Myth: HSUS conducts illegal raids

Claim: The HSUS conducts raids on breeders and puppy mills.
Claim: The HSUS serves warrants on suspected puppy mills.
Claim: The HSUS illegally confiscates animals.
Claim: The HSUS kicks down doors.
Claim: The HSUS conducts raids on breeders and puppy mills.
Claim: The HSUS dumps rescued animals on shelters.
Status: False.

In addition to relief operations following a natural disaster, the Humane Society of the United States rescues thousands of suffering animals from puppy mills, hoarders, and abusers each year.

Animal abusers and their defenders portray these rescues as lurid tales of HSUS commandos kicking in the doors of innocent families and stealing their pets. Here’s a quote from HumaneWatch’s April 3rd blog entry, which recapitulates that fiction in one succinct lie:

They swoop in, raid someone’s home, and fly off as fast as they came — often leaving underfunded local rescue groups to clean up their mess.

That’s entirely false.

Whether it’s a hoarder in denial of his or her condition, or a puppy miller trying to escape jail time, the owners of seized animals invariably lash out and blame the intervening agencies. And with HSUS rescuers working feverishly to rescue, treat, and transport the animals, they are undoubtedly the most visible target.

But are they responsible for the seizure?

No. HSUS does not make the decision to raid a suspected abuser’s property, nor do they obtain or serve warrants. In most jurisdictions, only a court of law can authorize the seizure of animals, and only law enforcement has the authority to carry out that seizure.

Law enforcement officers may request HSUS’ assistance in the collection, handling, assessment, treatment, transport, and initial placement of the animals. HSUS then works with law enforcement, shelter volunteers, and other animal welfare organizations to rescue the animals.

Despite the claims of animal abusers and their sympathizers, seizures are never conducted without the direction and supervision of law enforcement officers.

What about that picture of Scotlund Haisley kicking in the door?

This image was taken during HSUS disaster relief operations in Texas following Hurricane Ike, in 2008. When owners asked HSUS to rescue pets that had been left behind in the evacuation, the team often had to enter through locked windows and doors. This photo is from a disaster rescue, not a raid.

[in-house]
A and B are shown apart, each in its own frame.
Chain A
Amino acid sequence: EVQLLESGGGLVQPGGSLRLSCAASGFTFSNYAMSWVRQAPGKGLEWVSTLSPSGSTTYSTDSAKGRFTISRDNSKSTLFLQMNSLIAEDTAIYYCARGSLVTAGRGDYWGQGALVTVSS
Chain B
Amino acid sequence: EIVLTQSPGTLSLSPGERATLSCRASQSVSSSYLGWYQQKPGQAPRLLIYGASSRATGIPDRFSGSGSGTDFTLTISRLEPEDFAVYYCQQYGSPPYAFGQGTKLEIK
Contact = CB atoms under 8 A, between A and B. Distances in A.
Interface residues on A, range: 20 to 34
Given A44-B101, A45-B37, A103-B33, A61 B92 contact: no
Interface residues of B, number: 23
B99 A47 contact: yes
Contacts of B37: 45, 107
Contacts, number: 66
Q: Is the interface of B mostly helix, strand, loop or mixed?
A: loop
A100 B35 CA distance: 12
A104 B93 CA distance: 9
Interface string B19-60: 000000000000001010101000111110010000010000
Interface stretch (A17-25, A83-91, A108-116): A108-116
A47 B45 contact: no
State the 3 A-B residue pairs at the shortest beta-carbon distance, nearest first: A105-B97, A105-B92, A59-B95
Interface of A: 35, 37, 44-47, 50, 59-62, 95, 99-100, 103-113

Does HSUS “dump” animals on shelters and rescues?

Of course not. No shelter has ever been forced to accept animals from HSUS field rescues, nor would HSUS have a hypothetical means of forcing them to do so. Animal placement is always a voluntary, cooperative effort between HSUS and shelters.

When HSUS is called to assist on a rescue, staff and volunteers immediately spring into action, calling shelters and rescues to find temporary placement for as many of the animals as possible. This is always done with the voluntary cooperation of those shelters that can accommodate the special needs of those particular animals, and have the capacity to house and care for them.

Rescuing animals from misery and suffering is a noble act, and the dedicated staff and volunteers who make it possible deserve our highest praise.

However, those despicable few who would malign a selfless act and try to portray it as something sinister deserve our scorn and disgust.

You can watch compelling video of the HSUS in action during the rescue of 150 cats from a hoarder, a Tennessee puppy mill raid, and disaster relief in the wake of Hurricane Ike.
Or, read a shelter’s perspective in an interview with Pam McAlwee of Lost Dog and Cat Rescue Foundation.

Return to Myths and Misconceptions.

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